Indeed, few other artists used the medium for portraiture, as Beaux did. Most china painters produced landscape, floral or nature scenes on bisque plaques, vases and vessels. Perhaps Beaux's youth and inexperience caused her to view her portraits as outside the "legitimate field." But she really had no excuse for her ignorance. If she had studied any of the numerous "how to" books that were published in the late nineteenth century, she would have discovered that while portraiture was relatively rare in china painting it was not unheard of. Heads and figures on hard porcelain were listed as acceptable subjects in Piton's book, with which Beaux should have been familiar. She could also have consulted numerous other manuals, published shortly after the centennial exposition, including Catharine Drinker Janvier's. Instead, she chose to blame her teacher, Camille Piton, for her limited knowledge of traditional subjects in china painting. More accurately it was quick profit that motivated her, as the plates were extremely popular. Later, she denounced them as "the lowest depth [she] ever reached in commercial art."
From her despised china plates to her crayon, pencil, charcoal, watercolor, and oil sketches -- many of them done from photographs -- Beaux began to develop a focused interest in portraiture. By the 1870s it had become a common practice among portrait painters to use photographs to assist them in their work, and Beaux may have taken to heart William Morris Hunt's suggestion in Talks on Art. "If that little girl won't sit still, get a photograph of her. I know it is horrid to work from photographs generally but you must have something to help you about the exactness of it."
The popularity of such work was evident from Beaux's first "public exhibition," when she placed a copy of a photograph "of a little girl with a basket of doves" in "the show window of a Philadelphia picture dealer." It was sold the same morning that she had given it to the dealer. Indeed, much of Beaux's earliest works were straightforward "crayon portraits from photographs depicting children, "old gentlemen," and people who had died. One of the first crayon portraits that Beaux had made was "of a friend of [her] uncle...a handsome old gentleman with a flowing beard." She did it on her own initiative and remarked that "from someone who saw this picture, I received an order to do another one.... This led to other orders; and so I made quite a lot of these pictures." Some of her others were "old friends of Mr. Edward Biddle, [her] uncle's father," and were done in "the flat" from "fine old-fashioned photographs of splendid old gentlemen," many of whom had died.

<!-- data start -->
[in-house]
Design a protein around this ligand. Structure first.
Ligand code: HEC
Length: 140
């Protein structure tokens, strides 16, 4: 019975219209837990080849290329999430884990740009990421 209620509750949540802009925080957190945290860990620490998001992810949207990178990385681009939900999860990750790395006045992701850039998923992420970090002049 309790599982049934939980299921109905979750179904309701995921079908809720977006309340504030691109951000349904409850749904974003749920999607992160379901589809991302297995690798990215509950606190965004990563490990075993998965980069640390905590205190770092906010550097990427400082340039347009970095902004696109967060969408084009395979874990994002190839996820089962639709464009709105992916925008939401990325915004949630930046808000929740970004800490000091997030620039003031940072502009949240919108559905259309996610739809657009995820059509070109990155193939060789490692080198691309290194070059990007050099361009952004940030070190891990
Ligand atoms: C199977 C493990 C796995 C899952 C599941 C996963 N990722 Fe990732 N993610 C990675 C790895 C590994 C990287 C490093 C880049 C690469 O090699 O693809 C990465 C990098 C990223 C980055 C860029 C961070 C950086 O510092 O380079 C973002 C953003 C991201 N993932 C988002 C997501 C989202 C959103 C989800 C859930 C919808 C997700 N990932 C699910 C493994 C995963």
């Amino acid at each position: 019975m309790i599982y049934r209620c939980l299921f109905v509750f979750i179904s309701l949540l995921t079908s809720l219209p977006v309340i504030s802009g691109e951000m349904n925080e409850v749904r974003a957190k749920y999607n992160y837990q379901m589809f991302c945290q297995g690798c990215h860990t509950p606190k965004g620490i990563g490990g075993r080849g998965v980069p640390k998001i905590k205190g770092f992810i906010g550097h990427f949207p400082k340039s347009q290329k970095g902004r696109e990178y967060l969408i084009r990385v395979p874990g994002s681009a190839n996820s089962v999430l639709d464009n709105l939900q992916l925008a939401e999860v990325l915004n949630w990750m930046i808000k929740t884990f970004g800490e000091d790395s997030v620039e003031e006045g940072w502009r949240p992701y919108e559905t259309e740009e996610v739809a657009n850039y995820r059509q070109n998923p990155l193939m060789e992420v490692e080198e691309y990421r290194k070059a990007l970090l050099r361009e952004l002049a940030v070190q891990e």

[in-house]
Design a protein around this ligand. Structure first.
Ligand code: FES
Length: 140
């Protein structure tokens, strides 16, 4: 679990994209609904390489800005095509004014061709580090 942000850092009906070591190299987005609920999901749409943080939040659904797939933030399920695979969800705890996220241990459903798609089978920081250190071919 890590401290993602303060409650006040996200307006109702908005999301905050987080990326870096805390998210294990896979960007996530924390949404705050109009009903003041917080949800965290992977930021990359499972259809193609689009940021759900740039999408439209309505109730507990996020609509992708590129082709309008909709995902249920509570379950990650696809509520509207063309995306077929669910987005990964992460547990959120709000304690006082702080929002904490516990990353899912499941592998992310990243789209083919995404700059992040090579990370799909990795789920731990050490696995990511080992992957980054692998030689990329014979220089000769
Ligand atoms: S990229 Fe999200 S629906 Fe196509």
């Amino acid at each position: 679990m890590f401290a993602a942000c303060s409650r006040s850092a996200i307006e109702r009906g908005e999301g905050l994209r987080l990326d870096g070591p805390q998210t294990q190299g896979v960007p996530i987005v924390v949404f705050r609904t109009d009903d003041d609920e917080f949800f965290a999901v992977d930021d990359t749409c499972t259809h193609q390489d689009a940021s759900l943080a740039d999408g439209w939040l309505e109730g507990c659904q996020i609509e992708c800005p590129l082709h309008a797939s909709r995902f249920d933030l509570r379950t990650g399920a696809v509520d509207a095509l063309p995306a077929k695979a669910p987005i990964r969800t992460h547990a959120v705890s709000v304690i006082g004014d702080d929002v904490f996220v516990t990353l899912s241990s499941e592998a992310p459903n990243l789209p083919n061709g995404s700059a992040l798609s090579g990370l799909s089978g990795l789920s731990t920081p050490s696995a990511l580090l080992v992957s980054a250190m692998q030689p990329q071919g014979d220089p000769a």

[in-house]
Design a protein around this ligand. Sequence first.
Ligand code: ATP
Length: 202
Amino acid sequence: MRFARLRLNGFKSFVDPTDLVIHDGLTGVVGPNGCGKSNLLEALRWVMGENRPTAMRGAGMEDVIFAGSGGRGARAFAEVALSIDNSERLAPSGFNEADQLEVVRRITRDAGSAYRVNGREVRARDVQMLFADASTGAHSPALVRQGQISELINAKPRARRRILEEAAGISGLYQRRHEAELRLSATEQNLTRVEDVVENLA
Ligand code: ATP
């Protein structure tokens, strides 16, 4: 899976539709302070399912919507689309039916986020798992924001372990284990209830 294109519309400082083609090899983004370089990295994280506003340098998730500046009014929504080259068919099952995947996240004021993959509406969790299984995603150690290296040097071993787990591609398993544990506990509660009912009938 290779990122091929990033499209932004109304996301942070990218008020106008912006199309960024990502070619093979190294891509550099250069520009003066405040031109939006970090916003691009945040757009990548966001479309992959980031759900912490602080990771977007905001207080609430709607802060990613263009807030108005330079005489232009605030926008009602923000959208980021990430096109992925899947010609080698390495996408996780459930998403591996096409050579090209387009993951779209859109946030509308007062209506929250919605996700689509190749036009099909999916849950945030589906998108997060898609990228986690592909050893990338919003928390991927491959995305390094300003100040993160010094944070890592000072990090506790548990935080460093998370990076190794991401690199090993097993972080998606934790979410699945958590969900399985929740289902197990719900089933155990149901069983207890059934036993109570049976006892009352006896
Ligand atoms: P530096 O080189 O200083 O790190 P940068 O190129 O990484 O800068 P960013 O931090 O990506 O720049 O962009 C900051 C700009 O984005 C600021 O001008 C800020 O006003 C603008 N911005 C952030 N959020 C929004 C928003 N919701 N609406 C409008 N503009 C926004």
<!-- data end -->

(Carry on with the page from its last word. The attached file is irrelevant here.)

Beaux also made numerous portraits of children in the early 1880s, but none quite like the 1885 whimsical and lively sketch of her four-year-old nephew, Henry Sandwith Drinker [Illus. 15]. This was one of the first of many drawings, paintings, and pastels that Beaux made of her first and favorite nephew, and it accompanied her illustrated poem, "Uncle John's Coat," published in St. Nicholas Magazine. In the sketch, little Henry is portrayed in an elaborate blue coat that had once belonged to his grand-uncle John Leavitt.
The poem and sketch suggest an amusing and carefree attitude toward her family.